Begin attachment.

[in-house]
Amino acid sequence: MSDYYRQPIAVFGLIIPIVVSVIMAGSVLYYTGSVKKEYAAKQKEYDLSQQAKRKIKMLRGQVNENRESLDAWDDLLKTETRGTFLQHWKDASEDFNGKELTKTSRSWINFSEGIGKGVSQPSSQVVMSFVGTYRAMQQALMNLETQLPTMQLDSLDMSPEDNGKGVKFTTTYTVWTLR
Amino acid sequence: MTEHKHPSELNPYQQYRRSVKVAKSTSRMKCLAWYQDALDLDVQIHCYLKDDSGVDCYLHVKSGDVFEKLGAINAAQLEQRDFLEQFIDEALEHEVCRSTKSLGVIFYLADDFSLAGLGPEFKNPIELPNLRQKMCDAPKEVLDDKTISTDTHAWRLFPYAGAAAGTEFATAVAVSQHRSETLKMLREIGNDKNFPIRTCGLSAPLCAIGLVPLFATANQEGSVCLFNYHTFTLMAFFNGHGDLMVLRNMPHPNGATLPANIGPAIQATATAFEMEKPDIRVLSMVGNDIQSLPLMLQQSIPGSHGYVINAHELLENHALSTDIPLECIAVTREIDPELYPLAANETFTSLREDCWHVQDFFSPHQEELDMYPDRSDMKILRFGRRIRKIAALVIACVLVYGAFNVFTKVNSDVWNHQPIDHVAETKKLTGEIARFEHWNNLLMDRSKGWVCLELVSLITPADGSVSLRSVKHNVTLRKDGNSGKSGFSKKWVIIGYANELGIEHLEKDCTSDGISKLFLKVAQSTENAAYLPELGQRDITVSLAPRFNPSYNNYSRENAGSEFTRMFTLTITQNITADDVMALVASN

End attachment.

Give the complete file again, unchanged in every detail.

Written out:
[in-house]
Amino acid sequence: MSDYYRQPIAVFGLIIPIVVSVIMAGSVLYYTGSVKKEYAAKQKEYDLSQQAKRKIKMLRGQVNENRESLDAWDDLLKTETRGTFLQHWKDASEDFNGKELTKTSRSWINFSEGIGKGVSQPSSQVVMSFVGTYRAMQQALMNLETQLPTMQLDSLDMSPEDNGKGVKFTTTYTVWTLR
Amino acid sequence: MTEHKHPSELNPYQQYRRSVKVAKSTSRMKCLAWYQDALDLDVQIHCYLKDDSGVDCYLHVKSGDVFEKLGAINAAQLEQRDFLEQFIDEALEHEVCRSTKSLGVIFYLADDFSLAGLGPEFKNPIELPNLRQKMCDAPKEVLDDKTISTDTHAWRLFPYAGAAAGTEFATAVAVSQHRSETLKMLREIGNDKNFPIRTCGLSAPLCAIGLVPLFATANQEGSVCLFNYHTFTLMAFFNGHGDLMVLRNMPHPNGATLPANIGPAIQATATAFEMEKPDIRVLSMVGNDIQSLPLMLQQSIPGSHGYVINAHELLENHALSTDIPLECIAVTREIDPELYPLAANETFTSLREDCWHVQDFFSPHQEELDMYPDRSDMKILRFGRRIRKIAALVIACVLVYGAFNVFTKVNSDVWNHQPIDHVAETKKLTGEIARFEHWNNLLMDRSKGWVCLELVSLITPADGSVSLRSVKHNVTLRKDGNSGKSGFSKKWVIIGYANELGIEHLEKDCTSDGISKLFLKVAQSTENAAYLPELGQRDITVSLAPRFNPSYNNYSRENAGSEFTRMFTLTITQNITADDVMALVASN